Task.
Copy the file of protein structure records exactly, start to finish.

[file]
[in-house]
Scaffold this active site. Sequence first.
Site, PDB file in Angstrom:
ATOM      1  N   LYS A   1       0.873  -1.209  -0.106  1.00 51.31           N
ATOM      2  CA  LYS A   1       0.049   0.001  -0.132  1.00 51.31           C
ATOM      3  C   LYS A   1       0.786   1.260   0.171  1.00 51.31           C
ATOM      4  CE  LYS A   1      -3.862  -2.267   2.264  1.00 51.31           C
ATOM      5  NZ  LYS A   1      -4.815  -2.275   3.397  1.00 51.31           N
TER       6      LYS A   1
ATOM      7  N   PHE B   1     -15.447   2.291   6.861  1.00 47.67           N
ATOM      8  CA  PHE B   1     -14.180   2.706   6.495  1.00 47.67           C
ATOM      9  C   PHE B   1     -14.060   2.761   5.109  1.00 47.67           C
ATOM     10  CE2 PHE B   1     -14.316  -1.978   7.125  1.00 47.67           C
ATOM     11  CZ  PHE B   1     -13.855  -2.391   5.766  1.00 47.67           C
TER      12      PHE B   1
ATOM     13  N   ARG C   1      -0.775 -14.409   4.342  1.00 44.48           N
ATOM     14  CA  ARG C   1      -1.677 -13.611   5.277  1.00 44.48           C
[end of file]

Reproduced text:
[in-house]
Scaffold this active site. Sequence first.
Site, PDB file in Angstrom:
ATOM      1  N   LYS A   1       0.873  -1.209  -0.106  1.00 51.31           N
ATOM      2  CA  LYS A   1       0.049   0.001  -0.132  1.00 51.31           C
ATOM      3  C   LYS A   1       0.786   1.260   0.171  1.00 51.31           C
ATOM      4  CE  LYS A   1      -3.862  -2.267   2.264  1.00 51.31           C
ATOM      5  NZ  LYS A   1      -4.815  -2.275   3.397  1.00 51.31           N
TER       6      LYS A   1
ATOM      7  N   PHE B   1     -15.447   2.291   6.861  1.00 47.67           N
ATOM      8  CA  PHE B   1     -14.180   2.706   6.495  1.00 47.67           C
ATOM      9  C   PHE B   1     -14.060   2.761   5.109  1.00 47.67           C
ATOM     10  CE2 PHE B   1     -14.316  -1.978   7.125  1.00 47.67           C
ATOM     11  CZ  PHE B   1     -13.855  -2.391   5.766  1.00 47.67           C
TER      12      PHE B   1
ATOM     13  N   ARG C   1      -0.775 -14.409   4.342  1.00 44.48           N
ATOM     14  CA  ARG C   1      -1.677 -13.611   5.277  1.00 44.48           C